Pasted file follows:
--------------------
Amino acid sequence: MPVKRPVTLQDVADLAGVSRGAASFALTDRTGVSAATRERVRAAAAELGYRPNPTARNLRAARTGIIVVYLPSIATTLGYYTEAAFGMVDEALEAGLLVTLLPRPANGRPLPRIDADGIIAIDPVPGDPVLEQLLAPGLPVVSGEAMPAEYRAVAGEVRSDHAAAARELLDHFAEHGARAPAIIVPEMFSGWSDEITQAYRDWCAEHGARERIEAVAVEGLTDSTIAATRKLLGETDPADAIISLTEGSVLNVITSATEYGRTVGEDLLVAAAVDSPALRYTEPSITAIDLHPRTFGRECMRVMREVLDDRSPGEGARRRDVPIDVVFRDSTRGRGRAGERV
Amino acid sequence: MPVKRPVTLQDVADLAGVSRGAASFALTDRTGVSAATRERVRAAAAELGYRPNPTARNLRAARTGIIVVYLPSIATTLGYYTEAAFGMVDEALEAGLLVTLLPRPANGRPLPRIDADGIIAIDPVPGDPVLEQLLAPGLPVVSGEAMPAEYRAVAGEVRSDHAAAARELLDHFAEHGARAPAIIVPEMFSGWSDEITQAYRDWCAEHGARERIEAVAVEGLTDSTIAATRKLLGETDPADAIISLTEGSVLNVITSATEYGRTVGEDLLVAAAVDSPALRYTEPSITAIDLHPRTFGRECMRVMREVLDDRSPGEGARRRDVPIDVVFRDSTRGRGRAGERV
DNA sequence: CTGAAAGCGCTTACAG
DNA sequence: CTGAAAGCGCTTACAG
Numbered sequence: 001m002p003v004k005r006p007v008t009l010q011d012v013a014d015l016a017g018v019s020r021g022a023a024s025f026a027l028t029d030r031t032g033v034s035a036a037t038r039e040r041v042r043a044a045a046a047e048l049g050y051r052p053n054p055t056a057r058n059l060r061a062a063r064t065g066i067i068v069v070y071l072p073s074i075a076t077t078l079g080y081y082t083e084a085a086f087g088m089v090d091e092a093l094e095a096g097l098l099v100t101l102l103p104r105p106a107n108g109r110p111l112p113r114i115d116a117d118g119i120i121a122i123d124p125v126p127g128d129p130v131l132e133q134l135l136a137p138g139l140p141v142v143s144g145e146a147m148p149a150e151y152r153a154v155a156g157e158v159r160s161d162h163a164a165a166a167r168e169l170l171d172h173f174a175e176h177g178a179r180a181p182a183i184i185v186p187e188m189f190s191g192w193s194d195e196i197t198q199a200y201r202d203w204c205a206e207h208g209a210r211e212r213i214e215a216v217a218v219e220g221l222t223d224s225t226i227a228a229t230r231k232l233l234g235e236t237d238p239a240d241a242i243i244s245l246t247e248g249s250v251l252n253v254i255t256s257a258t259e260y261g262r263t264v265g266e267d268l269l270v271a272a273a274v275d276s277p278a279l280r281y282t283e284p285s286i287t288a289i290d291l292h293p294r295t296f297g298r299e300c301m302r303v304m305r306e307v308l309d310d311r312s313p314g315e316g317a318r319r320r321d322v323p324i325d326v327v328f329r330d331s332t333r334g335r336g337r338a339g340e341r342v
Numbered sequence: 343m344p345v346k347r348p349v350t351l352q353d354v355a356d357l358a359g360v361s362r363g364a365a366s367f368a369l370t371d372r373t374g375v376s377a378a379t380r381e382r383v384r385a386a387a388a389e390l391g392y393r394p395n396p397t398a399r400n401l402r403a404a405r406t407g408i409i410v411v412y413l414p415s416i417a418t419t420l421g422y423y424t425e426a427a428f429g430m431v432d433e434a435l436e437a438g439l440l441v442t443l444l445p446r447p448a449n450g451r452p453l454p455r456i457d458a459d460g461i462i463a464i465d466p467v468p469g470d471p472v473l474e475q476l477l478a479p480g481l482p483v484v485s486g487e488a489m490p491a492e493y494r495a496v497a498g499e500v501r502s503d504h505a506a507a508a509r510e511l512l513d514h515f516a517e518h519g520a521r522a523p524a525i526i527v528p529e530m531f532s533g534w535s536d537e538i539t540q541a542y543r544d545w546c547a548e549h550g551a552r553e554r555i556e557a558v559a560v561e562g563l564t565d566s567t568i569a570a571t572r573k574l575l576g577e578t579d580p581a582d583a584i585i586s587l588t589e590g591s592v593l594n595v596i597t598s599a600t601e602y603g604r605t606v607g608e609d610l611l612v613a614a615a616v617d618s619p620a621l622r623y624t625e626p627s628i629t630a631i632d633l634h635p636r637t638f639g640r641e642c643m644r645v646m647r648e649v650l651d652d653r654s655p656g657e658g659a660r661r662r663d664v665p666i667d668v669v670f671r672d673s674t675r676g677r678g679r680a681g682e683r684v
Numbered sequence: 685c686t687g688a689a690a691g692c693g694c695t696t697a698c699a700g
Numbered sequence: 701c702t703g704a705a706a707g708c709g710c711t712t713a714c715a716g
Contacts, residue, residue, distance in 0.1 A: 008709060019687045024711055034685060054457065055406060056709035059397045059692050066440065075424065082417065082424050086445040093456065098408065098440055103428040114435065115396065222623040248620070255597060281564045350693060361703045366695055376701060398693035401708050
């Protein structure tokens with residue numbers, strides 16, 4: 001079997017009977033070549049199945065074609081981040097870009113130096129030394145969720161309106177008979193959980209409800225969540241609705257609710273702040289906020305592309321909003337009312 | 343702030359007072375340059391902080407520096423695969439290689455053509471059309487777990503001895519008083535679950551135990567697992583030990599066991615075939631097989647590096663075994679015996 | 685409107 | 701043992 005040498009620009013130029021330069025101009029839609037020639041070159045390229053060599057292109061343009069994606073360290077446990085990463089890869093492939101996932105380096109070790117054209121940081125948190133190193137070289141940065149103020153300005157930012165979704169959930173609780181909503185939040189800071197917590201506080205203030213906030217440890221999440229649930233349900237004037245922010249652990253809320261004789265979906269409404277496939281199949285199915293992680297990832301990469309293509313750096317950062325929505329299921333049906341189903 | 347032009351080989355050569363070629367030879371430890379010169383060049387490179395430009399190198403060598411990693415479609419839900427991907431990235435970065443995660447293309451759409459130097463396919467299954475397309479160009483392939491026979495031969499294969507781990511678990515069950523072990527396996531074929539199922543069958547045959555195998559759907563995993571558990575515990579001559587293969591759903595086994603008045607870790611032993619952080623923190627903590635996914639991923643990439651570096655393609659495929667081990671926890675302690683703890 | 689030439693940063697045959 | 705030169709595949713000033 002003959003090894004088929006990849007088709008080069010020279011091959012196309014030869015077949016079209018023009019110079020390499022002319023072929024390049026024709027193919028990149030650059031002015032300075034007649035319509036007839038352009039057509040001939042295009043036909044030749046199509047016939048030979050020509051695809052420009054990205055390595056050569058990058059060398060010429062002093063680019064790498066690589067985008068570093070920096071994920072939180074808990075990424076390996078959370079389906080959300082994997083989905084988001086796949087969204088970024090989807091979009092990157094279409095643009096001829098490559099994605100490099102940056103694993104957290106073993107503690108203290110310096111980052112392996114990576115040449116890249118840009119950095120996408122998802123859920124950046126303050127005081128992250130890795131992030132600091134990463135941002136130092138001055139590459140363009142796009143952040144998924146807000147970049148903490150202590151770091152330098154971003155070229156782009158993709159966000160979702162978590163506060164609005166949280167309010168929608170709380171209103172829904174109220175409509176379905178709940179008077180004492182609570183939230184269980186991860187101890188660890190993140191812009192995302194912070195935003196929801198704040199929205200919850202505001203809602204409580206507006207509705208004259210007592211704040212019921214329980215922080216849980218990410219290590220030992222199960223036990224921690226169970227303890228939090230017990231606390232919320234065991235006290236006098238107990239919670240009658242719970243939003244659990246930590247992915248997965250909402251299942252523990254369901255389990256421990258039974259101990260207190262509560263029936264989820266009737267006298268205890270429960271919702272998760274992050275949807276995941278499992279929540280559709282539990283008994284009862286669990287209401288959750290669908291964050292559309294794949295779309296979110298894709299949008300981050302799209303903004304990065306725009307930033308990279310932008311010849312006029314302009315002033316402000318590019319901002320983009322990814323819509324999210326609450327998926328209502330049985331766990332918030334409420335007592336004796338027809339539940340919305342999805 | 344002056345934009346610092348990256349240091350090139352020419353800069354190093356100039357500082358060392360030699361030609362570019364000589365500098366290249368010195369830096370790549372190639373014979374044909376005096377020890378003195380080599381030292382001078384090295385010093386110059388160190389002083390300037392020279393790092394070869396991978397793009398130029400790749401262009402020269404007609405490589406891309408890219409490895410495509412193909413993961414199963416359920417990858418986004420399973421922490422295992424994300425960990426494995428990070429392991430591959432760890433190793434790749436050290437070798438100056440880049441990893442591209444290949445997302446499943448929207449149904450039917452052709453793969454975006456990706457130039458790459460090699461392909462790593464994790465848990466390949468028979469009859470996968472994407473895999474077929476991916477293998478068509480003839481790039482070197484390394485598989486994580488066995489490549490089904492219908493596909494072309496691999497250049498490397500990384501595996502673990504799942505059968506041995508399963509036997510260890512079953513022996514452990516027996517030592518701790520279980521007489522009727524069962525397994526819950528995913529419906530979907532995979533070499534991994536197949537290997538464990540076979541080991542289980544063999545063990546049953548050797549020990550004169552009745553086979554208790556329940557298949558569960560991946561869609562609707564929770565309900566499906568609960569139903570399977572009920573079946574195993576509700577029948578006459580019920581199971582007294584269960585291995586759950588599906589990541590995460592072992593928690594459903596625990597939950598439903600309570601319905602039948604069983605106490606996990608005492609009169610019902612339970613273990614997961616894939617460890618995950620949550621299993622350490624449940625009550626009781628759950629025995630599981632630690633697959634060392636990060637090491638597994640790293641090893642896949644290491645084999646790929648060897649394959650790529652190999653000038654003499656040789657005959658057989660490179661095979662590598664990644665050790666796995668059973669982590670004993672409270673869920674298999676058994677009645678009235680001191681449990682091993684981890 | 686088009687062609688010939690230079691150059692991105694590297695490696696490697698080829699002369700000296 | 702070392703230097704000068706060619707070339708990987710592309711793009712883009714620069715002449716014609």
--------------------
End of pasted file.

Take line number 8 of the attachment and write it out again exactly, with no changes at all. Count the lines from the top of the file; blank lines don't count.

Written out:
Numbered sequence: 701c702t703g704a705a706a707g708c709g710c711t712t713a714c715a716g